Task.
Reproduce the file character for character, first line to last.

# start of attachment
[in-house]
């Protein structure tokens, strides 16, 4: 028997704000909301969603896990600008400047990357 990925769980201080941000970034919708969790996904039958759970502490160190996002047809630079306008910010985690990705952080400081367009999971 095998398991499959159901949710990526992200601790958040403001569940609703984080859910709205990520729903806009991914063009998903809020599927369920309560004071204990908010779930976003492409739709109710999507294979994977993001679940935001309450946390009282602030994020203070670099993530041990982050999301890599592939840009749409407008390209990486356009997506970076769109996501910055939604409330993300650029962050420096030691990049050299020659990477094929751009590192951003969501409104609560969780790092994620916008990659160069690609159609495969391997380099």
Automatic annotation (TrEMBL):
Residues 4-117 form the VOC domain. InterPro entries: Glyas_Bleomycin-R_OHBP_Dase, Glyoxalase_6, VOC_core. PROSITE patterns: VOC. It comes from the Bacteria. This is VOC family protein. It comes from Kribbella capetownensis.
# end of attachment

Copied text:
[in-house]
């Protein structure tokens, strides 16, 4: 028997704000909301969603896990600008400047990357 990925769980201080941000970034919708969790996904039958759970502490160190996002047809630079306008910010985690990705952080400081367009999971 095998398991499959159901949710990526992200601790958040403001569940609703984080859910709205990520729903806009991914063009998903809020599927369920309560004071204990908010779930976003492409739709109710999507294979994977993001679940935001309450946390009282602030994020203070670099993530041990982050999301890599592939840009749409407008390209990486356009997506970076769109996501910055939604409330993300650029962050420096030691990049050299020659990477094929751009590192951003969501409104609560969780790092994620916008990659160069690609159609495969391997380099």
Automatic annotation (TrEMBL):
Residues 4-117 form the VOC domain. InterPro entries: Glyas_Bleomycin-R_OHBP_Dase, Glyoxalase_6, VOC_core. PROSITE patterns: VOC. It comes from the Bacteria. This is VOC family protein. It comes from Kribbella capetownensis.